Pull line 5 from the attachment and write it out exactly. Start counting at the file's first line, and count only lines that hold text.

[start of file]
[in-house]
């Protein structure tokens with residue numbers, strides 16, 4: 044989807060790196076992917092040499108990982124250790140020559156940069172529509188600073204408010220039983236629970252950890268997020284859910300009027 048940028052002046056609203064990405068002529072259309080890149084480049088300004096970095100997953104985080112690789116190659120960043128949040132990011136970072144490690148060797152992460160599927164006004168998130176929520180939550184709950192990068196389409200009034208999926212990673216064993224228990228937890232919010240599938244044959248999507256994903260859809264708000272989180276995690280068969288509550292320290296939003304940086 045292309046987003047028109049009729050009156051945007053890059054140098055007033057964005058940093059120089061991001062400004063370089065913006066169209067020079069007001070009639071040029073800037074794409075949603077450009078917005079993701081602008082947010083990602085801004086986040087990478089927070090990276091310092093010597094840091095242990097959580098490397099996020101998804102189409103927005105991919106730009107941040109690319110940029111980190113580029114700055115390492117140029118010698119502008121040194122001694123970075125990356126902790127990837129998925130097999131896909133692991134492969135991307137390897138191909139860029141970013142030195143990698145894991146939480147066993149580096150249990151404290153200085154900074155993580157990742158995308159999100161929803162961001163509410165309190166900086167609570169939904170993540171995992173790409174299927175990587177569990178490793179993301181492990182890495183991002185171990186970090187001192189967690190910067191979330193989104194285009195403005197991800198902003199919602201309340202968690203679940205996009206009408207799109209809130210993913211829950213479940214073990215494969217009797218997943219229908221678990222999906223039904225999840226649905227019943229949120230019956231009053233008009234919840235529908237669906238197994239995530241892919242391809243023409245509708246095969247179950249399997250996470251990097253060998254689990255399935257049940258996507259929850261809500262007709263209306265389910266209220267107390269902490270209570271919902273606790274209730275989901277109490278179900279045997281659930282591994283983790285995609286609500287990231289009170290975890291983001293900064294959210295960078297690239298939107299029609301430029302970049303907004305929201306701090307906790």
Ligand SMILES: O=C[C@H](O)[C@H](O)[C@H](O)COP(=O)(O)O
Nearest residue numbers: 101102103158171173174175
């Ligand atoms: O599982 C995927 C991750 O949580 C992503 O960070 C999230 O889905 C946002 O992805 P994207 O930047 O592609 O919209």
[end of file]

């Ligand atoms: O599982 C995927 C991750 O949580 C992503 O960070 C999230 O889905 C946002 O992805 P994207 O930047 O592609 O919209």